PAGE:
According to military experts, images taken from the battlefield in Ukraine appear to show Russian tanks suffering from a defect which Western militaries refer to as the “jack-in-the-box” effect. The fault relates to how the tank stores ammunition and comes after Russia opted to carry multiple shells within the turrets of its armoured combat vehicles.
It is thought this leaves them very vulnerable as an indirect hit could lead to a chain reaction.
The chain reaction could even see the entire ammunition store explode, which could include up to 40 shells.
A resulting shockwave might even lead to the tank’s turret to blast as high as a two-story building, according to US news network CNN.
Sam Bendett, an adviser with the Russian Studies Program at the Center for a New American Security, said: “What we are witnessing with Russian tanks is a design flaw.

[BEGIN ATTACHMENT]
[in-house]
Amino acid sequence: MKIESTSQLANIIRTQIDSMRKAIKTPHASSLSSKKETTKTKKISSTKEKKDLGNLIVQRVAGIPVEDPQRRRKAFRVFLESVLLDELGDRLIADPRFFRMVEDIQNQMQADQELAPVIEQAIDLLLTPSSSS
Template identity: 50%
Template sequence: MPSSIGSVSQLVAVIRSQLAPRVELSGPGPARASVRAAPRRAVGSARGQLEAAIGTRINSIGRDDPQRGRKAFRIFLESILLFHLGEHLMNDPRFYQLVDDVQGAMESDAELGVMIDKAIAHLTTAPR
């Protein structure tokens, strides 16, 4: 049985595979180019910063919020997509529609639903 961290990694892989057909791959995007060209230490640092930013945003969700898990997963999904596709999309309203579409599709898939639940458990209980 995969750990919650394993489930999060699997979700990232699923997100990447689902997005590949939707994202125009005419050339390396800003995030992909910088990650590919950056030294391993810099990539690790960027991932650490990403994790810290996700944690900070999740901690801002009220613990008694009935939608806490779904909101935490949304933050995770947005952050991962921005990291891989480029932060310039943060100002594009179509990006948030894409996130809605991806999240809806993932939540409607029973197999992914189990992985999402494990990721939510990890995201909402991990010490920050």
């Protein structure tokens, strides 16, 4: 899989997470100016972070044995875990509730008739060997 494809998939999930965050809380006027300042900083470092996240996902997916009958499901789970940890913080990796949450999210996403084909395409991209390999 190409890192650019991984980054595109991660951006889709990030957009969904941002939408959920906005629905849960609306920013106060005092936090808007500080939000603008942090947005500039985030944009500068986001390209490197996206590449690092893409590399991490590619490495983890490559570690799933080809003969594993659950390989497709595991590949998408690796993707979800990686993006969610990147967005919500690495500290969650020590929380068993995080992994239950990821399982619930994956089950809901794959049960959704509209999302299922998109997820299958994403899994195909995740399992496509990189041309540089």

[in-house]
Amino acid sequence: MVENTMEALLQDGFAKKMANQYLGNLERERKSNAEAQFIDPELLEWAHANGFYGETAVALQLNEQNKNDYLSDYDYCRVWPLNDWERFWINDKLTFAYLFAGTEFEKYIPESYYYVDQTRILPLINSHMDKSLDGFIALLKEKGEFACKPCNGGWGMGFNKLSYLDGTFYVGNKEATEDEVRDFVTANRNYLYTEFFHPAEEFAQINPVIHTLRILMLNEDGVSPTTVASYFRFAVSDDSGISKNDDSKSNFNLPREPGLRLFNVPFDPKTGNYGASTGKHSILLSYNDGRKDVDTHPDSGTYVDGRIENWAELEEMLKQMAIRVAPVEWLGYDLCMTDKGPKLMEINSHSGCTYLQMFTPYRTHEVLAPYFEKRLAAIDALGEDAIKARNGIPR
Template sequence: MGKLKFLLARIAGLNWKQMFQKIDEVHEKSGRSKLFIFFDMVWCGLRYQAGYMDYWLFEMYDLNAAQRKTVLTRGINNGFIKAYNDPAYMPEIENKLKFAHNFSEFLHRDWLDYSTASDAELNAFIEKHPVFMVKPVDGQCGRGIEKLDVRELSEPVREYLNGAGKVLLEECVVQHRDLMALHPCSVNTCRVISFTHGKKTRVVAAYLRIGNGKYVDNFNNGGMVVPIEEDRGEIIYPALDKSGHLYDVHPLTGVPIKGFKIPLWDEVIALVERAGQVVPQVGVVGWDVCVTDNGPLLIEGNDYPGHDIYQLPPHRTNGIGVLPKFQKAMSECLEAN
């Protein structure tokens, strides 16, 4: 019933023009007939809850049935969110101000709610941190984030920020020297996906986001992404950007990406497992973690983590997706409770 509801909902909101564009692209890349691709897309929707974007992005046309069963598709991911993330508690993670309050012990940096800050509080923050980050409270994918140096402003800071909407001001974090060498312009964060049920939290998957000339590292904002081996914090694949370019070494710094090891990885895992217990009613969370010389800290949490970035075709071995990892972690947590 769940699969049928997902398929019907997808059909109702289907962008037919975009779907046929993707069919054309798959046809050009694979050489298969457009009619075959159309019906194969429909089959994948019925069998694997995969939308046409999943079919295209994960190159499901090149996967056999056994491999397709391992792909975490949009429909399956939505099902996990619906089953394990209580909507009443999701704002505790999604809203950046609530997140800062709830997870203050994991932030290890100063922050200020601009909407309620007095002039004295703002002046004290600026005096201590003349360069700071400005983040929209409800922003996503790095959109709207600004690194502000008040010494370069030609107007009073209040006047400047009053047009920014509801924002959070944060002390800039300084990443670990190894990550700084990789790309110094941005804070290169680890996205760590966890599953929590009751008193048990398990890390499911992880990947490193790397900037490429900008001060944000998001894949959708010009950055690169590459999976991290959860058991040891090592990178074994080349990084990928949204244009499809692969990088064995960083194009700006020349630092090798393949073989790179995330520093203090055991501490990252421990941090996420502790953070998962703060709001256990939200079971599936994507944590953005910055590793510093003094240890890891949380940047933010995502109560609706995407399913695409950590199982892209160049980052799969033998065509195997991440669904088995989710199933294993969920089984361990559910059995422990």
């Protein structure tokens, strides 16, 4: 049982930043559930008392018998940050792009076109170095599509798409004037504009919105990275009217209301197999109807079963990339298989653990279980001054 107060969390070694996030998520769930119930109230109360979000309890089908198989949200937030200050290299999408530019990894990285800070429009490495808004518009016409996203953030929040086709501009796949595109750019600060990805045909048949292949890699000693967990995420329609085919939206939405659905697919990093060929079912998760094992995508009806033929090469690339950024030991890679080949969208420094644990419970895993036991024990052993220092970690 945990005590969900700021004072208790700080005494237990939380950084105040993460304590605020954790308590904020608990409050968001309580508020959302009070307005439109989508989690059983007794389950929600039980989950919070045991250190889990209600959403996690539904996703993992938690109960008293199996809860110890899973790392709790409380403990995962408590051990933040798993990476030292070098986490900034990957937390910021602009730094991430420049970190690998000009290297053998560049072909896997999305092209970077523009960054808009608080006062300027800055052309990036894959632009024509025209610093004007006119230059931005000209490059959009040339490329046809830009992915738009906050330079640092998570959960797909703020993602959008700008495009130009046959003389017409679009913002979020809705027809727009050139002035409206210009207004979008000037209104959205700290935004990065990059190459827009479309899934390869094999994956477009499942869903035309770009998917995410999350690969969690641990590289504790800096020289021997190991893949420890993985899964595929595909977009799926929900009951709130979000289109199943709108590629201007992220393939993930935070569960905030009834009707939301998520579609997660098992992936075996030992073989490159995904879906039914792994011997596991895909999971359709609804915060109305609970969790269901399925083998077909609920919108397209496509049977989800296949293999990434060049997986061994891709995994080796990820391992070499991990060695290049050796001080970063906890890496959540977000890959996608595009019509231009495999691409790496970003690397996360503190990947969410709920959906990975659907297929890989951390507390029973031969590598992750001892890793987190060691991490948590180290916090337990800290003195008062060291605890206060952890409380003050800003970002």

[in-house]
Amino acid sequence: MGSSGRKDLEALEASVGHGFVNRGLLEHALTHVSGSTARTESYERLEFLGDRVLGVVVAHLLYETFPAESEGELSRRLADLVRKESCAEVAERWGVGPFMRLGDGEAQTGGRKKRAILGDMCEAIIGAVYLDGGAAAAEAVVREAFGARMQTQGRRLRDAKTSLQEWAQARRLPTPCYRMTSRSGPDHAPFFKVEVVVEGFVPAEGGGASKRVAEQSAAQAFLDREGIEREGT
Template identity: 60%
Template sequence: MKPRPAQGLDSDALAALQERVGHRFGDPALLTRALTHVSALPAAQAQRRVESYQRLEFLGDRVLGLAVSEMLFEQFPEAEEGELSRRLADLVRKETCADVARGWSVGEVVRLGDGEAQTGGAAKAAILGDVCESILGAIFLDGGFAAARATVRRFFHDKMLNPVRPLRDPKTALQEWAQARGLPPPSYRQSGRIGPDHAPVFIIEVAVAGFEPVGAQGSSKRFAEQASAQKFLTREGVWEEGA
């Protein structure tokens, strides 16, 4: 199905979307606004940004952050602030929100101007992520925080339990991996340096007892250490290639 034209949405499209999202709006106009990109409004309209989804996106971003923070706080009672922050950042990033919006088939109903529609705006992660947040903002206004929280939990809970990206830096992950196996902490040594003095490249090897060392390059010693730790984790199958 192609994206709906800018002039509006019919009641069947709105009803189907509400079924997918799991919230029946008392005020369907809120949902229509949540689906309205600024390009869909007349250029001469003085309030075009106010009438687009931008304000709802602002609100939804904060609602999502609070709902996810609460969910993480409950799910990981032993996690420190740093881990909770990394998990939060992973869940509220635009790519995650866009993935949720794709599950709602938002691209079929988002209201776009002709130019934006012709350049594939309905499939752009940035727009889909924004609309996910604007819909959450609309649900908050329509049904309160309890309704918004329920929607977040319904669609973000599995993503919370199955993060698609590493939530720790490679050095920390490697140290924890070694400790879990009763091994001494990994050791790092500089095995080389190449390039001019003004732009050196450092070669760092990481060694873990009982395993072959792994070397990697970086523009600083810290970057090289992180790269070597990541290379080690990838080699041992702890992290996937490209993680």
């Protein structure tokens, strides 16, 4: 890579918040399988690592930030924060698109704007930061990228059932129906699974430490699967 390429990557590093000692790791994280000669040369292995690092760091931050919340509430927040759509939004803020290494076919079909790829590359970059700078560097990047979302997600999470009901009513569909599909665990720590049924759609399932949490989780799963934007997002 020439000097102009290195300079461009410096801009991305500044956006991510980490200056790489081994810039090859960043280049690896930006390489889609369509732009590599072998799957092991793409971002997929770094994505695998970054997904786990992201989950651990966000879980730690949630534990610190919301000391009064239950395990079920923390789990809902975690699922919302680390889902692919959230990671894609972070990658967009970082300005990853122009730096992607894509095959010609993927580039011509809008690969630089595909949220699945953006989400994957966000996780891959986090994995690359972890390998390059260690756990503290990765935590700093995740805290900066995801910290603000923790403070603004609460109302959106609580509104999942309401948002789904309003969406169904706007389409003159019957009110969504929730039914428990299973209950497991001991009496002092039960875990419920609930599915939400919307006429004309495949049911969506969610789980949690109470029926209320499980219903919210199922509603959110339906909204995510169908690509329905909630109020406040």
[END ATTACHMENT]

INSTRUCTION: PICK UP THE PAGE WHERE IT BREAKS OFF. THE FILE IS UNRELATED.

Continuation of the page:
“Any successful hit … quickly ignites the ammo causing a massive explosion, and the turret is literally blown off.”
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Former British Army officer Nicholas Drummond added: “If you don’t get out within the first second, you’re toast.”
The fault has been known about ever since 1991 when Iraqi tanks, which were Russian-made, faced the same fate.
UK Defence Secretary Ben Wallace revealed the true extent of Russia’s losses earlier this week.
Speaking on Monday, the Preston North & Wyre MP told MPs more than 2,000 armoured vehicles have either been destroyed or captured, including as many as 580 tanks.
He also said around 15,000 Russian troops have died since Vladimir Putin launched Moscow’s invasion of Ukraine on February 24.
“Russia has very limited air access to the north and west of Ukraine, limiting offensive actions to deep strikes with stand-off weapons.
“Russia continues to target Ukrainian military assets and logistics infrastructure across the country.
“The majority of Russian air strikes in Mariupol are likely being conducted using unguided free-falling bombs.
“These weapons reduce Russia’s ability to effectively discriminate when conducting strikes, increasing the risk of civilian casualties.”